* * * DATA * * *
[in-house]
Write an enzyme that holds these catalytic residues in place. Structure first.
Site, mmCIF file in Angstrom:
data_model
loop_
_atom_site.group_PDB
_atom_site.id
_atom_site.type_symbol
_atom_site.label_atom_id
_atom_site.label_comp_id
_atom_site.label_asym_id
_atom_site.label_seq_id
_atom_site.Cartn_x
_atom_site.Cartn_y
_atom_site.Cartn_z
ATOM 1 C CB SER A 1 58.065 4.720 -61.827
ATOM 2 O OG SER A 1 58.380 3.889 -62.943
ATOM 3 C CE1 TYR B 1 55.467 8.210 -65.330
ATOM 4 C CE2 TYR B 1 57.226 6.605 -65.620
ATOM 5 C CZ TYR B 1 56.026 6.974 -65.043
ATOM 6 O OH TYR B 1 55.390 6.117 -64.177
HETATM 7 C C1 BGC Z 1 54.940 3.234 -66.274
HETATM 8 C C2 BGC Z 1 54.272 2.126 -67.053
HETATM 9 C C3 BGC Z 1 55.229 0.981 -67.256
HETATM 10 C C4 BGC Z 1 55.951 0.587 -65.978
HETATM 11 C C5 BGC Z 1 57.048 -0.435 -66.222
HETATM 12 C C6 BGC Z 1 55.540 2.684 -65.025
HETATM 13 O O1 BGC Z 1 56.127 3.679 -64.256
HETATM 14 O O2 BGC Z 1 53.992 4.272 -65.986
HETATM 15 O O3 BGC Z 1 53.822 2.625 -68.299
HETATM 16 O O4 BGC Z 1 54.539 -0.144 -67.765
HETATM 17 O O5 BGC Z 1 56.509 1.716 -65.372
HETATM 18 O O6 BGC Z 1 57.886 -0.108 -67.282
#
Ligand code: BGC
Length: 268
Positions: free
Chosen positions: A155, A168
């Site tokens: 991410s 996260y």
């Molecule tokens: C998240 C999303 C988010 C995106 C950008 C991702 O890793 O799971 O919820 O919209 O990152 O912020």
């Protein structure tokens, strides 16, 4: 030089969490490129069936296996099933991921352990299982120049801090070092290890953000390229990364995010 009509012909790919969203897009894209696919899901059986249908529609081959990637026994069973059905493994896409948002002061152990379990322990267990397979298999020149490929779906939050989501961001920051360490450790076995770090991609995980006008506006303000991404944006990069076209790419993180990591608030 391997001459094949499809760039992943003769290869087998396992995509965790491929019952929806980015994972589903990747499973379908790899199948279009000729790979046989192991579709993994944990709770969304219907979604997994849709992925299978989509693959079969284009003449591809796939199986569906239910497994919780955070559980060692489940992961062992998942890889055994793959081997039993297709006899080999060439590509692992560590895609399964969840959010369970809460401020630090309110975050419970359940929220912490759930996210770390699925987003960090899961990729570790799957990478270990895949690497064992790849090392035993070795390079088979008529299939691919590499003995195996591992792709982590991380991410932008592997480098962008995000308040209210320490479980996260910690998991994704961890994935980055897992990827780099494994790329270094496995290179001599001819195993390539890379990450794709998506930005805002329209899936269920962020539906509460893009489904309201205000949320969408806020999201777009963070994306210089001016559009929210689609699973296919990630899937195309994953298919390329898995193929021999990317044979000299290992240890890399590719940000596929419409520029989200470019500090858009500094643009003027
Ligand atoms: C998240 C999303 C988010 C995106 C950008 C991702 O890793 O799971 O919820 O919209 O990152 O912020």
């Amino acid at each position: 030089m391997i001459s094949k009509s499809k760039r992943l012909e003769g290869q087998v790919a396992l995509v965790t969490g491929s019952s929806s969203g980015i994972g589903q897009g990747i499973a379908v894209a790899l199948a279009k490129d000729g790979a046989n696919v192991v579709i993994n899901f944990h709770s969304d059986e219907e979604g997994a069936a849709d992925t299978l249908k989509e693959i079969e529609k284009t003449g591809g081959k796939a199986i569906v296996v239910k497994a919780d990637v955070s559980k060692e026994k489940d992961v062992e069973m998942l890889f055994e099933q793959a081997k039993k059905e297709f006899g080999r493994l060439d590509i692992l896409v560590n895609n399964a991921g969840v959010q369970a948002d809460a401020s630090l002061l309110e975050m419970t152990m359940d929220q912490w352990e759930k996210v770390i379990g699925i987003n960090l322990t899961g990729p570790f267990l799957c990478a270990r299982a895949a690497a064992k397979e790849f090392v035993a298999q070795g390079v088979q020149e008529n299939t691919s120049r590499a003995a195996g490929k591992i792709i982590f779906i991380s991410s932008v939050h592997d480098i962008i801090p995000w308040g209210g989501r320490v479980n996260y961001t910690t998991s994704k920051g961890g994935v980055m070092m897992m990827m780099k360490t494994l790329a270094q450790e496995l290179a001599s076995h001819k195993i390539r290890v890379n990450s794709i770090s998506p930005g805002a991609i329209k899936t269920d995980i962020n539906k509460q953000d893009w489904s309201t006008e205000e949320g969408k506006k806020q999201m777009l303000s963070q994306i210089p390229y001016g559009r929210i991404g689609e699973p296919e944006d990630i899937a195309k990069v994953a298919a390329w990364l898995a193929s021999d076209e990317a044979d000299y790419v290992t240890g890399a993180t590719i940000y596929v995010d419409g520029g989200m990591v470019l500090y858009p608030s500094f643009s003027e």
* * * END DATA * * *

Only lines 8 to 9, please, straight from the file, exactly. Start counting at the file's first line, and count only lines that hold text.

_atom_site.type_symbol
_atom_site.label_atom_id